Newmarketbuilders Retail Roundup: McDonald’s Articulates New Brand Promise

The following is the first in a series of articles that I wrote as Retail Wire’s delegate to the IIR Private Brand Movement conference. (You’ll find a link to my roundup of comments from the Retail Wire Brain Trust panel at the end.)

McDonald's Articulates Its Brand Promise


In 1948, McDonald's established the principle upon which fast food restaurants are built by instituting its "Speedee Service System." However, as Matt Biespiel, senior director of global brand strategy, told the Private Brand Movement Conference in Chicago this week, the company's biggest challenge is bridging the gap between what McDonald's is known for and what it stands for -- and to do so consistently and globally.

McDonald's is in the midst of the biggest transformation in store architecture, packaging, and messaging the company has ever undertaken, and if they get it right, customers will be saying "I'm lovin' it" in more than fifty languages, in 32,000 stores, and in 118 countries.

The company is known for offering choices and for being playful and optimistic, according to Mr. Biespiel, but those messages haven't provided a strong enough focus. Management determined that enjoyment -- and more specifically, "simple, easy enjoyment" -- is an own-able and differentiated brand promise that will get to "the heart of the brand," though only if it represents "more than just words."

Some of the key elements of McDonald's plan for making that happen include:

Store Architecture and Upkeep: The emphasis is shifting from "more is better" to "less is more." Using crisp word marks and having everything in its place will demonstrate a renewed "sense of confidence." The old version of a McDonald's store refresh was to apply a new coat of exterior paint every 15 years. Upgrades now involve repainting exteriors every seven-to-10 years and redesigning interiors every five years. It's a change franchisees must adapt to, but results have been positive in the reimaged stores, helping make the accelerated schedules more palatable.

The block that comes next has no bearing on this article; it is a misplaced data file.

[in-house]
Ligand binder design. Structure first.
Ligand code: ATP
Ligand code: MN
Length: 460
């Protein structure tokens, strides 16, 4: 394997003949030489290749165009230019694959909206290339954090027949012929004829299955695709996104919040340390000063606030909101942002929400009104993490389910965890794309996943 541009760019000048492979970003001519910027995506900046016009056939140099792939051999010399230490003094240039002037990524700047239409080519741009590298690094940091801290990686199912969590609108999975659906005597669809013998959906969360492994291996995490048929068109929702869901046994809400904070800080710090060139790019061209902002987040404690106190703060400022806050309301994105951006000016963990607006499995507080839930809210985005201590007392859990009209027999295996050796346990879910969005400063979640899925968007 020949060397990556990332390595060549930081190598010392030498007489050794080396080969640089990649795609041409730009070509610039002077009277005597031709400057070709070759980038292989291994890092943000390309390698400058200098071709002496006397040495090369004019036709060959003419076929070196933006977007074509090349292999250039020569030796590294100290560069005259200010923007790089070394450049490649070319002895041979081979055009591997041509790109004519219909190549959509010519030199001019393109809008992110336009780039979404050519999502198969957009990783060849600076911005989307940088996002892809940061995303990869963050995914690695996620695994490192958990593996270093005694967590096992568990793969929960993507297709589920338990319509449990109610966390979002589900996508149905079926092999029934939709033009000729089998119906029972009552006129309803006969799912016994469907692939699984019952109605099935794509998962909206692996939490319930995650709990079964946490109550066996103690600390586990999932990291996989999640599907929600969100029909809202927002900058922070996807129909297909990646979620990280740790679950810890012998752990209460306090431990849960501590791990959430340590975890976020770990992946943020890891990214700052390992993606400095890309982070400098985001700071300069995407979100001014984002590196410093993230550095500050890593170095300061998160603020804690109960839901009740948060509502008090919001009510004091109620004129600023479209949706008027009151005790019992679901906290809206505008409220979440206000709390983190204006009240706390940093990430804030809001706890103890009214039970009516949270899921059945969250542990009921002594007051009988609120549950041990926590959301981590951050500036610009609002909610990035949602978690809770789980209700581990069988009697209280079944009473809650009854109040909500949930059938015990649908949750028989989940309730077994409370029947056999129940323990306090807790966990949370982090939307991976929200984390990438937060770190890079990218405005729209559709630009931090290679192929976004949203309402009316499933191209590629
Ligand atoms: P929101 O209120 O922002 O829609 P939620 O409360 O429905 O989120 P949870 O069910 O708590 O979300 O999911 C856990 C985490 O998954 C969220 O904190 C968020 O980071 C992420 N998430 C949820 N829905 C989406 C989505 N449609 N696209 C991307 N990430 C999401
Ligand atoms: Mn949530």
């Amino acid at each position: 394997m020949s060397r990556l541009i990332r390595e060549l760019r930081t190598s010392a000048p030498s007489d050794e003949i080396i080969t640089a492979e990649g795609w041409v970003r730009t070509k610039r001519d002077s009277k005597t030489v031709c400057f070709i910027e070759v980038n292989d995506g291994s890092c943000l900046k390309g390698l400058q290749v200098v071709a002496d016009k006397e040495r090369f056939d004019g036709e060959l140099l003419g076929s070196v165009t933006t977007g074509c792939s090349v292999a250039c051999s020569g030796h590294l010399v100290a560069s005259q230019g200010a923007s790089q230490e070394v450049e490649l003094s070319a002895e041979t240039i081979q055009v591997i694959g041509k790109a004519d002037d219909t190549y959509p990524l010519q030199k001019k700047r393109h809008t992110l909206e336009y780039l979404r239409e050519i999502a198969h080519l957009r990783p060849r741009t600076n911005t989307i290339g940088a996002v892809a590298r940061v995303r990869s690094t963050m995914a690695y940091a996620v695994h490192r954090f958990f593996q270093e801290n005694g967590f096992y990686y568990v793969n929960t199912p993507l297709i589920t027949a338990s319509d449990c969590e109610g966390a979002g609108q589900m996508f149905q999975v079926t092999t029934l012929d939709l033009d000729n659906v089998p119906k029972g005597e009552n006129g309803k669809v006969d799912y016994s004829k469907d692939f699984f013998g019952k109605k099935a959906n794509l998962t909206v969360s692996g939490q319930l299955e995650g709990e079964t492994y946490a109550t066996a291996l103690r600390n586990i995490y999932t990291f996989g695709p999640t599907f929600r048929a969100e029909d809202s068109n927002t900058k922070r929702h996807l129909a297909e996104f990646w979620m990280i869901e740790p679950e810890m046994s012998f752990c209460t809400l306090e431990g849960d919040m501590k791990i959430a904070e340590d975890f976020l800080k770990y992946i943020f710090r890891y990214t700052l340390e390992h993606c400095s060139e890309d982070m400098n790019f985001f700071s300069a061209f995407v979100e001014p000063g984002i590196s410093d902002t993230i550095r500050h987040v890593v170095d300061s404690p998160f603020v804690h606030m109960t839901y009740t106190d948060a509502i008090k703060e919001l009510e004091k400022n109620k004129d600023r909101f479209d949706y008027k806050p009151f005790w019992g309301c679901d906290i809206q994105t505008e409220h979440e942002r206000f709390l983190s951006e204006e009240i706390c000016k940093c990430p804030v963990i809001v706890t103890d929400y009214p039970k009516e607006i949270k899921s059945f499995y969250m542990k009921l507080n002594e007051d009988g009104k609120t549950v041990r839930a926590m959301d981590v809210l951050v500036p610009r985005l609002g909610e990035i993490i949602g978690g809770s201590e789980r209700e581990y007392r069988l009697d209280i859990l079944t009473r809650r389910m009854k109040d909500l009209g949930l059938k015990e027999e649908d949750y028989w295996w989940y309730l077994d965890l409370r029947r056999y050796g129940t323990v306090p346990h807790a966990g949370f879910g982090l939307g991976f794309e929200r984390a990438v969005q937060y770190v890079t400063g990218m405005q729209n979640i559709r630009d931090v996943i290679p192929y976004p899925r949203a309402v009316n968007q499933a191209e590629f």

Improved Perception of Quality: The "outdated" perception of McDonald's quality has been a continuing "headwind," but the company has been working to enhance its appetite appeal and to create intimacy through close-up photography vs. full product shots. At one time, showing sesame seeds that had tumbled off a bun was considered a sacrilege, but now it's seen as a sales tactic. McDonald's revisited its packaging with the mindset that, unlike consumer products, packaging doesn't sell -- it provides reassurance. It's the one thing every customer sees and interacts with, whether at the drive-through window, while eating in, or when receiving a delivery.

Employee Brand Engagement: With a 70 percent turnover rate among its 1.6 million restaurant employees, maintaining brand consistency among these "ambassadors" represents another opportunity. Incorporating "brand modules" into training will drive brand experience continuity among employees, helping them better understand the "simple, easy enjoyment" premise.

Streamlined Menu Boards: Menu boards are both "money-making machines" and a problem. McDonald's knows that too many choices can create an overwhelming visual presentation -- exactly the opposite of the "simple, easy enjoyment" concept. McDonald's simplified menu boards make decision-making easy and are designed to drive additional transactions.

Increased Automation: McDonald's has been testing ordering kiosks in selected markets, and early results have been promising. The average check is up $2.00 in U.S. kiosks and £3 in Britain. McDonald's has learned that customers want to be in control, and they will spend more to get it.

Consistent Store Merchandising: McDonald's is looking at store merchandising from a new perspective as well. Rather than planning each promotion as a single event, they are driving visual continuity in order to present a "unified narrative."

Click here to read my follow-up piece

Click here to read picks and pans on McDonald's latest efforts from select Brain Trust panelists.

carol spieckermanComment